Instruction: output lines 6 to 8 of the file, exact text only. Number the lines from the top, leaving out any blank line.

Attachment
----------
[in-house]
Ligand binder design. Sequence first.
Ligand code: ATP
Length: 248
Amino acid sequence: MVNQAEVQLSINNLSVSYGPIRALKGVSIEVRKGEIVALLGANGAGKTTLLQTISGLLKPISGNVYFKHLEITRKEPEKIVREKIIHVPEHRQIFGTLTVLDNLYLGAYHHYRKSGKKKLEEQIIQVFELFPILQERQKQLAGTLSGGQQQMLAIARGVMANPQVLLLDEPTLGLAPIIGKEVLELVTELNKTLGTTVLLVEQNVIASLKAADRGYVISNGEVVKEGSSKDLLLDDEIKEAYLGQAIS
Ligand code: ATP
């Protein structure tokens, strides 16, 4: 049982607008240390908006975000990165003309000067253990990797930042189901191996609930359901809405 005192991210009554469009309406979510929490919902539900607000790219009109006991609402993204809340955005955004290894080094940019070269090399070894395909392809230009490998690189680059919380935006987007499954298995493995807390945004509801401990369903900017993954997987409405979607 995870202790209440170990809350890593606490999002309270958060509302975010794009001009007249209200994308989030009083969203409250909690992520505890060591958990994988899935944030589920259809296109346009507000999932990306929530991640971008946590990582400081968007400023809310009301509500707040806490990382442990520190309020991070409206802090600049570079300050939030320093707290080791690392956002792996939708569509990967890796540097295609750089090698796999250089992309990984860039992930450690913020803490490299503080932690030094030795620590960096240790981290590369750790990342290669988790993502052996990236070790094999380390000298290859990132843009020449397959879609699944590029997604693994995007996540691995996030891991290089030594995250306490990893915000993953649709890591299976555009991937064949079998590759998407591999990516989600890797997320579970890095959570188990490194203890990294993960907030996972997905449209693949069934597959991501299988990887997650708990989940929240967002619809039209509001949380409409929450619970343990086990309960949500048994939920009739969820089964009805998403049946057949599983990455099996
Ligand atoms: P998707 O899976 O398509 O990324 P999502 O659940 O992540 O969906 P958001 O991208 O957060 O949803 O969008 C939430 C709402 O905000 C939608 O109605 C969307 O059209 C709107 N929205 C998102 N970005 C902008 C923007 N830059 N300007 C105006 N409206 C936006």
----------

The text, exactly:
Ligand code: ATP
């Protein structure tokens, strides 16, 4: 049982607008240390908006975000990165003309000067253990990797930042189901191996609930359901809405 005192991210009554469009309406979510929490919902539900607000790219009109006991609402993204809340955005955004290894080094940019070269090399070894395909392809230009490998690189680059919380935006987007499954298995493995807390945004509801401990369903900017993954997987409405979607 995870202790209440170990809350890593606490999002309270958060509302975010794009001009007249209200994308989030009083969203409250909690992520505890060591958990994988899935944030589920259809296109346009507000999932990306929530991640971008946590990582400081968007400023809310009301509500707040806490990382442990520190309020991070409206802090600049570079300050939030320093707290080791690392956002792996939708569509990967890796540097295609750089090698796999250089992309990984860039992930450690913020803490490299503080932690030094030795620590960096240790981290590369750790990342290669988790993502052996990236070790094999380390000298290859990132843009020449397959879609699944590029997604693994995007996540691995996030891991290089030594995250306490990893915000993953649709890591299976555009991937064949079998590759998407591999990516989600890797997320579970890095959570188990490194203890990294993960907030996972997905449209693949069934597959991501299988990887997650708990989940929240967002619809039209509001949380409409929450619970343990086990309960949500048994939920009739969820089964009805998403049946057949599983990455099996
Ligand atoms: P998707 O899976 O398509 O990324 P999502 O659940 O992540 O969906 P958001 O991208 O957060 O949803 O969008 C939430 C709402 O905000 C939608 O109605 C969307 O059209 C709107 N929205 C998102 N970005 C902008 C923007 N830059 N300007 C105006 N409206 C936006």